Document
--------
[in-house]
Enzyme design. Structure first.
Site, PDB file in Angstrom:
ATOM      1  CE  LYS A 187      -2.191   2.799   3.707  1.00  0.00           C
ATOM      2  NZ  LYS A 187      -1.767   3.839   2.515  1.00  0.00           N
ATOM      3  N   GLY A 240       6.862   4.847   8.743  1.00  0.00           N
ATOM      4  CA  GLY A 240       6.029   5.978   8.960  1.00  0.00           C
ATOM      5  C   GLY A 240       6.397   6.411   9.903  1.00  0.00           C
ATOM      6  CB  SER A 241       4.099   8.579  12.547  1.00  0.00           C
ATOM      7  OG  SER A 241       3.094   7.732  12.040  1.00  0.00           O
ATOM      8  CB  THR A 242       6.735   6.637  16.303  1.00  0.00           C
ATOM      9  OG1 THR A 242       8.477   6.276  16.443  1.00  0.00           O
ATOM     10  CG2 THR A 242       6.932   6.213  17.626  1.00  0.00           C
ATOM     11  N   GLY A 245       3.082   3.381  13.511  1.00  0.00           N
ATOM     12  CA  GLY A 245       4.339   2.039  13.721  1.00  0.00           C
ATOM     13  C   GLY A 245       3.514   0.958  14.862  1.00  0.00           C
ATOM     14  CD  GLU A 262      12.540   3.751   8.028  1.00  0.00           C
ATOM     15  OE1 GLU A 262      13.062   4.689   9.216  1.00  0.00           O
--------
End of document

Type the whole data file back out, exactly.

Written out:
[in-house]
Enzyme design. Structure first.
Site, PDB file in Angstrom:
ATOM      1  CE  LYS A 187      -2.191   2.799   3.707  1.00  0.00           C
ATOM      2  NZ  LYS A 187      -1.767   3.839   2.515  1.00  0.00           N
ATOM      3  N   GLY A 240       6.862   4.847   8.743  1.00  0.00           N
ATOM      4  CA  GLY A 240       6.029   5.978   8.960  1.00  0.00           C
ATOM      5  C   GLY A 240       6.397   6.411   9.903  1.00  0.00           C
ATOM      6  CB  SER A 241       4.099   8.579  12.547  1.00  0.00           C
ATOM      7  OG  SER A 241       3.094   7.732  12.040  1.00  0.00           O
ATOM      8  CB  THR A 242       6.735   6.637  16.303  1.00  0.00           C
ATOM      9  OG1 THR A 242       8.477   6.276  16.443  1.00  0.00           O
ATOM     10  CG2 THR A 242       6.932   6.213  17.626  1.00  0.00           C
ATOM     11  N   GLY A 245       3.082   3.381  13.511  1.00  0.00           N
ATOM     12  CA  GLY A 245       4.339   2.039  13.721  1.00  0.00           C
ATOM     13  C   GLY A 245       3.514   0.958  14.862  1.00  0.00           C
ATOM     14  CD  GLU A 262      12.540   3.751   8.028  1.00  0.00           C
ATOM     15  OE1 GLU A 262      13.062   4.689   9.216  1.00  0.00           O